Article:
Chevron commits $12 million for
biofuels and hydrogen research
San Ramon, CA— Chevron Corporation and the
Georgia Institute of Technology have formed a strategic research
alliance to pursue advanced technology aimed at making cellulosic
biofuels and hydrogen viable transportation fuels.
Chevron Technology Ventures, a subsidiary of Chevron
Corporation, plans to collaborate with Georgia Tech’s Strategic
Energy Institute and contribute up to $12 million over five years
for research into and development of these emerging energy technologies.
The focus of the joint research is to develop
commercially viable processes for the production of transportation
fuels from renewable resources such as forest and agricultural waste.
This is viewed as an important advancement over first-generation
biofuels such as ethanol and biodiesel, which are made from agricultural
crops such as corn, sugarcane and soybeans.
“Once developed, second-generation processing
technology will allow waste products to be converted into renewable
transportation fuels, opening the door to a new phase in alternative
energy,” said Rick Zalesky, vice president of Biofuels and
Hydrogen, Chevron Technology Ventures (CTV).
Chevron and Georgia Tech formed the alliance because
their research and development goals related to emerging energy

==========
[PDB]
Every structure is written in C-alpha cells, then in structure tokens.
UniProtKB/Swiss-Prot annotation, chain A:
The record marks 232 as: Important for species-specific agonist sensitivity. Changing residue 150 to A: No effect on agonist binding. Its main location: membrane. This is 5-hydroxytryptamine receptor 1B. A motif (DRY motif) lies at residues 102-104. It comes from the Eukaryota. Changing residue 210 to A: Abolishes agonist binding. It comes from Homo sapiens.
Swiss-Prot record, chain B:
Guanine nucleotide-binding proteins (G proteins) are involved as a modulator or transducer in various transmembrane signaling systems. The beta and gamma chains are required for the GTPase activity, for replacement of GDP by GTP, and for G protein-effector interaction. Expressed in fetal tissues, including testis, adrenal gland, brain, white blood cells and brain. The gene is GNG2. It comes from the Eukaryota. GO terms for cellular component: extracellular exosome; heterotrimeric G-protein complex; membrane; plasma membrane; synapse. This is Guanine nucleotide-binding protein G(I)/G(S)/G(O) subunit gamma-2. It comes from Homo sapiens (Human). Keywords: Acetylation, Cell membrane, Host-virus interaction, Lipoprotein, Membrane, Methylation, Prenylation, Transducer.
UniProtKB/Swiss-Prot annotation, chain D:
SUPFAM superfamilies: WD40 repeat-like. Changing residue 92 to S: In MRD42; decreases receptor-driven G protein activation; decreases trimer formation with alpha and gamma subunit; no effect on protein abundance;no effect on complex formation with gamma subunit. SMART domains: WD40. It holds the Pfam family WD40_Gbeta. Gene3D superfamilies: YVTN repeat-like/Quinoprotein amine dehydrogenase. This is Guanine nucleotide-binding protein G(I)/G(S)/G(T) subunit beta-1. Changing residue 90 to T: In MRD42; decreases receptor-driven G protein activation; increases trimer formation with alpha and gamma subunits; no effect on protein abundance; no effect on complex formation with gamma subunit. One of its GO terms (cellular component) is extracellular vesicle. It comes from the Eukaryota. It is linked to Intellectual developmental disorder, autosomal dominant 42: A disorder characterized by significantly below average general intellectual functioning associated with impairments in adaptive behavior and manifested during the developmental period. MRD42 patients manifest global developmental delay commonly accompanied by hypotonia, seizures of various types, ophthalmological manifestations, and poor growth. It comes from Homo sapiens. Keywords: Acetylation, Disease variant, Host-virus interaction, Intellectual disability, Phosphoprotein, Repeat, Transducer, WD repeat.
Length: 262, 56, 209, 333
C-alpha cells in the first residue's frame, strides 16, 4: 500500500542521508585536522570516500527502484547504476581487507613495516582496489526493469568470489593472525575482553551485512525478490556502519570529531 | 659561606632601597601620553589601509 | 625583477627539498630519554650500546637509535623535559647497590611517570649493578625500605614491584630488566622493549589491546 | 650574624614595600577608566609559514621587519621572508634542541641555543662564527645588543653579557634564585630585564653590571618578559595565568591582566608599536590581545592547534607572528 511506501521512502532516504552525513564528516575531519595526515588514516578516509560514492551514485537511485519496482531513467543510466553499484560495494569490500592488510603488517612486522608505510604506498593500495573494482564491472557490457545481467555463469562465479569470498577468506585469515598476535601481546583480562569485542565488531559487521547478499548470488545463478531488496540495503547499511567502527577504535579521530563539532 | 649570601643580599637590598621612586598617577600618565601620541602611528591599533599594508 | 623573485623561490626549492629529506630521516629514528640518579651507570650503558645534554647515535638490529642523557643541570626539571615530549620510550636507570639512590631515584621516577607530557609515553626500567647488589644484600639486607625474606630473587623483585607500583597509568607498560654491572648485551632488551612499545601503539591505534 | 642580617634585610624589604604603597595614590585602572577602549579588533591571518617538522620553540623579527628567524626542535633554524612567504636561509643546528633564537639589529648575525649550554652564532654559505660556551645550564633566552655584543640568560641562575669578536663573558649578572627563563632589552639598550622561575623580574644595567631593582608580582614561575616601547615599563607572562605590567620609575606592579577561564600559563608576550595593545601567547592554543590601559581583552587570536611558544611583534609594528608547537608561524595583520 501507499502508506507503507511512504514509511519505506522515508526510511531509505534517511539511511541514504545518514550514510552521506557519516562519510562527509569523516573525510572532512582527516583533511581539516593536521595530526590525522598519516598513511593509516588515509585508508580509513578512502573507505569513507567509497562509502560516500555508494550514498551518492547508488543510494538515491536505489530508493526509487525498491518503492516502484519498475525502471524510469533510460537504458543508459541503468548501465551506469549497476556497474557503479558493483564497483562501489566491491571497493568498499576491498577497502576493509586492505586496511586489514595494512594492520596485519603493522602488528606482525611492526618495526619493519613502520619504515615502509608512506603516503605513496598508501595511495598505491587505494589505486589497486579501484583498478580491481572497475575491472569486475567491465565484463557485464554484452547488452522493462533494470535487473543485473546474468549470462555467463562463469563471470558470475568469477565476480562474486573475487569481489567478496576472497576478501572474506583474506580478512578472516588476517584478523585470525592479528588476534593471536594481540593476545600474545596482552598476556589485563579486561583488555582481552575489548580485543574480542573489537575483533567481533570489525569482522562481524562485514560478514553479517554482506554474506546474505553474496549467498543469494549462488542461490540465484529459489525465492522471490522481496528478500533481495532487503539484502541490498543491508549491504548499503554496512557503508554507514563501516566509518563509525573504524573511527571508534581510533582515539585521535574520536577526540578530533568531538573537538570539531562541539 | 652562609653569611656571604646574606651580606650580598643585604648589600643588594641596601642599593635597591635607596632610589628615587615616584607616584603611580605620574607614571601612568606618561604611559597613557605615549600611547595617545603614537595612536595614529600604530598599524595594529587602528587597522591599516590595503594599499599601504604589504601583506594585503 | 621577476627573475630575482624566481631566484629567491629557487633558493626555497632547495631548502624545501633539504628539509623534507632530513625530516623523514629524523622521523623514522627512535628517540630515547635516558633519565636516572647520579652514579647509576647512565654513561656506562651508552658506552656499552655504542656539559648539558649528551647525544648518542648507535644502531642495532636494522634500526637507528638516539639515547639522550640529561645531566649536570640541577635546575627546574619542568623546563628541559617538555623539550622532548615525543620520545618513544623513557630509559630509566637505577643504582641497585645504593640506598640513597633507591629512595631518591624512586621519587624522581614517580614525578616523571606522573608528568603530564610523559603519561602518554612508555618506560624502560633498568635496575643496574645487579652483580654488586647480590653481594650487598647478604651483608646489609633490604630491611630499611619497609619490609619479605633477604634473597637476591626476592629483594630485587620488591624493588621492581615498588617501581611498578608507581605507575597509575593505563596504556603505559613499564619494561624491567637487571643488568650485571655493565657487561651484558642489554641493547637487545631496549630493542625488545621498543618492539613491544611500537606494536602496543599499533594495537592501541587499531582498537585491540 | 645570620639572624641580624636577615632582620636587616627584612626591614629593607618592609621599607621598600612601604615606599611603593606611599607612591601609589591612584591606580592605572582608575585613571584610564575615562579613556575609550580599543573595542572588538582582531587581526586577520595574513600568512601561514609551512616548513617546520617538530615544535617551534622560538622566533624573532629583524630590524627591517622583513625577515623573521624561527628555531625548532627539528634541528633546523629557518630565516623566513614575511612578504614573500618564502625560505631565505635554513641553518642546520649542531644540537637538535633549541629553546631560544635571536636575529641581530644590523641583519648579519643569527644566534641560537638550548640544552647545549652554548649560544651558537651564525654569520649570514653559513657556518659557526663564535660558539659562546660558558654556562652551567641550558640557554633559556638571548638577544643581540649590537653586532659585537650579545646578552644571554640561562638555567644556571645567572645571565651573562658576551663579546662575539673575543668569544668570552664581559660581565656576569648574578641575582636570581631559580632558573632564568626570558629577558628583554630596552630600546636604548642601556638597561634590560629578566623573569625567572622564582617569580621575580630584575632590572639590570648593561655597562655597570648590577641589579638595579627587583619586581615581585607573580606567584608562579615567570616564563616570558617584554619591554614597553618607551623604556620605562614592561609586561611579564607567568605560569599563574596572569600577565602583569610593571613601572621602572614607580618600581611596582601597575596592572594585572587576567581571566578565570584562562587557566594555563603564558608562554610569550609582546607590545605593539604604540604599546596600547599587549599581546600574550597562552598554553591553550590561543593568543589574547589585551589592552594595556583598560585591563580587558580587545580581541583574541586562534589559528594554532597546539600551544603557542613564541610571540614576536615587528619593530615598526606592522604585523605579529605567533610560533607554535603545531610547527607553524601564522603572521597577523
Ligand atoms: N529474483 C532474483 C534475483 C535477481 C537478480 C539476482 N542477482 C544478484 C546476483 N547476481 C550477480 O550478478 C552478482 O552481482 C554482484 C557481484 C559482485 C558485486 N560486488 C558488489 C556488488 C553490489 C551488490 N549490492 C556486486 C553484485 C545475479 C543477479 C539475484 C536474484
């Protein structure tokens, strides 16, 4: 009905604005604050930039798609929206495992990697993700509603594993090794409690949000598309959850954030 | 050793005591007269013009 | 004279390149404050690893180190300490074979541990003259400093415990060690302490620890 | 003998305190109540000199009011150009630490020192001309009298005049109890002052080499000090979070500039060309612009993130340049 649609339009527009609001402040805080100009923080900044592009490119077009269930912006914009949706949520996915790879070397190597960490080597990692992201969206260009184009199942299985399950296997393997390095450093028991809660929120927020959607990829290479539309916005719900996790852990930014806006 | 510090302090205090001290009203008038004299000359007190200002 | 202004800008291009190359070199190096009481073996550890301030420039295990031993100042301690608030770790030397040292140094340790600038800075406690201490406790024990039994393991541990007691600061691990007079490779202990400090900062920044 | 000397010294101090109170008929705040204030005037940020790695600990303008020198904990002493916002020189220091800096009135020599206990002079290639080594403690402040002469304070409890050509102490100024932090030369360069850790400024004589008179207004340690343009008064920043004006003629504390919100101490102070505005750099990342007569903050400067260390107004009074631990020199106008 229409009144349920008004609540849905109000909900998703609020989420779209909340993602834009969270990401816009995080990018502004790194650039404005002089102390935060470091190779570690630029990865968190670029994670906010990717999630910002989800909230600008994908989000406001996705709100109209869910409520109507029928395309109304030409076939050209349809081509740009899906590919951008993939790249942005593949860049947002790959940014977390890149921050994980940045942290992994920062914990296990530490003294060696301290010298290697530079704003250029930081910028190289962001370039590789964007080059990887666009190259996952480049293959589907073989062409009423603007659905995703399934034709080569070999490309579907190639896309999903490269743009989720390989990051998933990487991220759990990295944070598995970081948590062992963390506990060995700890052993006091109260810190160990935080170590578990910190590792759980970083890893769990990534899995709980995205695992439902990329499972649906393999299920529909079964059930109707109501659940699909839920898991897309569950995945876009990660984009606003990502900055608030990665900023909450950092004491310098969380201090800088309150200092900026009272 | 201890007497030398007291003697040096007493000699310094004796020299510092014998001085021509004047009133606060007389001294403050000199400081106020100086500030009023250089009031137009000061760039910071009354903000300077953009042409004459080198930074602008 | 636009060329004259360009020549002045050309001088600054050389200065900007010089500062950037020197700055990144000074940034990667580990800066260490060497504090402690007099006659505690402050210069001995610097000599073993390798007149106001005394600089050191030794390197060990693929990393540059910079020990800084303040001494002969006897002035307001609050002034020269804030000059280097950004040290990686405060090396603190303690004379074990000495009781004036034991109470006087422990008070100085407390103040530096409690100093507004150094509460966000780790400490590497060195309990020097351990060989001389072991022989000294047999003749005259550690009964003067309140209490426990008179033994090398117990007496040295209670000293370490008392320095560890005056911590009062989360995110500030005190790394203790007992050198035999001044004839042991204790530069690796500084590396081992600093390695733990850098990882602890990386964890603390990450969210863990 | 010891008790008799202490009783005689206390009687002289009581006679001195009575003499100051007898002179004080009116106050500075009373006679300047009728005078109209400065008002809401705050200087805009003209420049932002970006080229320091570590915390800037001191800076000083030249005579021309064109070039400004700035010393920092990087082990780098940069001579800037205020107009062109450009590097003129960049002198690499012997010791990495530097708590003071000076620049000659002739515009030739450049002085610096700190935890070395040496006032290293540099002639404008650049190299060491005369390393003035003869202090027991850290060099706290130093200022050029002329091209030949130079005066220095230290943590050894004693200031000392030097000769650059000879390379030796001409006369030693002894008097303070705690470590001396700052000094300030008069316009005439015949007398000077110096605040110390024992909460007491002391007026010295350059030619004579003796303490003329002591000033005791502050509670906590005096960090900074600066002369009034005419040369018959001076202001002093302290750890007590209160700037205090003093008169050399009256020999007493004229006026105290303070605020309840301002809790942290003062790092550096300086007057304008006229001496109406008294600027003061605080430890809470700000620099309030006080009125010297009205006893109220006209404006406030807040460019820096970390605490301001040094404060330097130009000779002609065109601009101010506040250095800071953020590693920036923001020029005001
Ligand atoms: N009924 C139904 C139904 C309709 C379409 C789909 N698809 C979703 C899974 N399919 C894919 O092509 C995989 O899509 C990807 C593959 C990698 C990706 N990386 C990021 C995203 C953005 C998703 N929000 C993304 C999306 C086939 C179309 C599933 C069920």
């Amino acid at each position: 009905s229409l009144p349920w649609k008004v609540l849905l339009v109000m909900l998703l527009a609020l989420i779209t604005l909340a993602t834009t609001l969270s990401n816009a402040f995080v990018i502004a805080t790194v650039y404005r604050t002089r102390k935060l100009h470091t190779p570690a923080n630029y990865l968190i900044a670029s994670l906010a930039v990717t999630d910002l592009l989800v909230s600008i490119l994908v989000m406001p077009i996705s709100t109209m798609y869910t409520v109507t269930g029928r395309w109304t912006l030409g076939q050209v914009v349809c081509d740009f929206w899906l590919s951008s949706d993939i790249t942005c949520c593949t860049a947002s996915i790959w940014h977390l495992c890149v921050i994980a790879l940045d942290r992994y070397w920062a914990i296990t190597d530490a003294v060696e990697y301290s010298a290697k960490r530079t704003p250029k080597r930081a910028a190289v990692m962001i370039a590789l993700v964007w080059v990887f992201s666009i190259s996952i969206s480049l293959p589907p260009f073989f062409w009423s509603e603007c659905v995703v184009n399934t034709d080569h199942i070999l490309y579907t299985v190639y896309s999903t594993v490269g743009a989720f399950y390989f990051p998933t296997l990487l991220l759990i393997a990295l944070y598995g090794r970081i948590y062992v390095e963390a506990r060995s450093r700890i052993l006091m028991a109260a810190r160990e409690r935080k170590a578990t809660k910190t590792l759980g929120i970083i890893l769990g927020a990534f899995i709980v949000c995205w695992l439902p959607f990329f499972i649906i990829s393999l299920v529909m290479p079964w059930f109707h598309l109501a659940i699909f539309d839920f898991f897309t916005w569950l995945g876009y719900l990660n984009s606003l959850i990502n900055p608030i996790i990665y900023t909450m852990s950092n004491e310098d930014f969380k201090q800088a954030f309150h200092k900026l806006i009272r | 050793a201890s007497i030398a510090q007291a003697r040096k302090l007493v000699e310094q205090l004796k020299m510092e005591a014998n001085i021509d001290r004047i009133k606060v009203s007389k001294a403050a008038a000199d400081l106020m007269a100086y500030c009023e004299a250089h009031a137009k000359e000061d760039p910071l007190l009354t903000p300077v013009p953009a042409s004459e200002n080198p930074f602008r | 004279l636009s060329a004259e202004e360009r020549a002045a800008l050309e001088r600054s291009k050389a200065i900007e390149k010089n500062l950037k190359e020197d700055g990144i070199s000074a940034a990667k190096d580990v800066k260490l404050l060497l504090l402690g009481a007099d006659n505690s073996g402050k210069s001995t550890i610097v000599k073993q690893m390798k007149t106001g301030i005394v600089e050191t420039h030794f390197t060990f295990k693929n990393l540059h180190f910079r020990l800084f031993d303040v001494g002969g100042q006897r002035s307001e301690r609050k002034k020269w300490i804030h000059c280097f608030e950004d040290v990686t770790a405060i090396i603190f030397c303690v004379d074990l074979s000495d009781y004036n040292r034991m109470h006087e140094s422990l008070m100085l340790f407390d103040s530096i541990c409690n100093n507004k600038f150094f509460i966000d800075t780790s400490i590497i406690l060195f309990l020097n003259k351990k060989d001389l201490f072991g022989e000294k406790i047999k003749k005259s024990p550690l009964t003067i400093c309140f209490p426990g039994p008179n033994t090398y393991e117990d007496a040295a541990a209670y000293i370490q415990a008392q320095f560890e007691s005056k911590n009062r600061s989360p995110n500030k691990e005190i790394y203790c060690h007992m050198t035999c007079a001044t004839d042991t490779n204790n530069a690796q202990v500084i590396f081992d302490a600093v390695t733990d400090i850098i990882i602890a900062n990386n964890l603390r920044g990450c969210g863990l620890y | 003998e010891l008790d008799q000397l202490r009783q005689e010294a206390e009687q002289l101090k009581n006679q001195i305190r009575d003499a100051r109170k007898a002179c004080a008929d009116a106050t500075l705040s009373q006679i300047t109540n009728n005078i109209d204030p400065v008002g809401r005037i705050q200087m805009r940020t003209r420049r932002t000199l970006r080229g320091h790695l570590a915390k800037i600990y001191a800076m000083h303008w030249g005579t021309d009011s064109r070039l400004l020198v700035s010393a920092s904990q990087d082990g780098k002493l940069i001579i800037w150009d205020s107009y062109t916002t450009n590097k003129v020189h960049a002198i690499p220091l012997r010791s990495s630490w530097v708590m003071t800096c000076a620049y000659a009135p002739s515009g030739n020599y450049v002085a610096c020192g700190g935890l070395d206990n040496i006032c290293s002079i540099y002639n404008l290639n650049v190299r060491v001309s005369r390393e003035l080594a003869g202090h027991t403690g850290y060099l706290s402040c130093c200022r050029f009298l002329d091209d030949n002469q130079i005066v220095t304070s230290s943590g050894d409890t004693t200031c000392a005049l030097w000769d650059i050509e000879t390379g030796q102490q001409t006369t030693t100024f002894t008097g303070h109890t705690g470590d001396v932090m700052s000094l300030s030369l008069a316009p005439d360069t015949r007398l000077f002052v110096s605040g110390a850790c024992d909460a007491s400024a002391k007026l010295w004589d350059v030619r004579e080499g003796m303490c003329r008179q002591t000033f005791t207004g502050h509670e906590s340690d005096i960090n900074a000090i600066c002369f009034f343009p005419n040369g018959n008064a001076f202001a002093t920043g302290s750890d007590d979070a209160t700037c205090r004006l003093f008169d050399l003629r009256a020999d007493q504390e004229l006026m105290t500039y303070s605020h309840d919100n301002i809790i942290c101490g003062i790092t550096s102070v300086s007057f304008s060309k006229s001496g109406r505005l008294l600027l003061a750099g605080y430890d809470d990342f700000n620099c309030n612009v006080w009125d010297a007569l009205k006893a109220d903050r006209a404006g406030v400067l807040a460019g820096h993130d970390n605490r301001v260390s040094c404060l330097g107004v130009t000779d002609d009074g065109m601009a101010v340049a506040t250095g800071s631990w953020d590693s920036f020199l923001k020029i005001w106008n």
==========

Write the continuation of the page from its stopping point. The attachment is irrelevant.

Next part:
technologies are closely aligned.
The alliance will focus its research on four areas:
production of cellulosic biofuels, understanding the characteristics
of biofuel feedstocks, developing regenerative sorbents and improving
sorbents used to produce high-purity hydrogen.
Through a process called aqueous phase reforming,
researchers will develop processes to directly convert biomass such
as wood or switchgrass into hydrogen or hydrocarbon transportation
The study will help researchers determine the
feasibility of producing commercial volumes of cellulosic biofuels
or hydrogen from biomass and also understand the conditions needed
for large-scale production facilities.
Another focus area will be to understand the characteristics
of biofuels produced from different feedstocks and their effects
on biofuel production processes. Defining the properties of various
biofuels will help in the design of equipment and procedures to
accommodate different feedstocks.
Sorbents are used in hydrogen production from
natural gas to remove odorants that contain sulfur. They are usually
costly and can be used only once. Scientists from Chevron and Georgia
Tech are working to develop regenerative sorbents that can be used
repeatedly, thereby reducing the cost of hydrogen production from
In a related project, researchers are working
to develop sorbents for the purification of hydrogen produced from
natural gas reforming. Both hydrogen performance and vehicle performance
increase with sorbent performance, leading to greater overall energy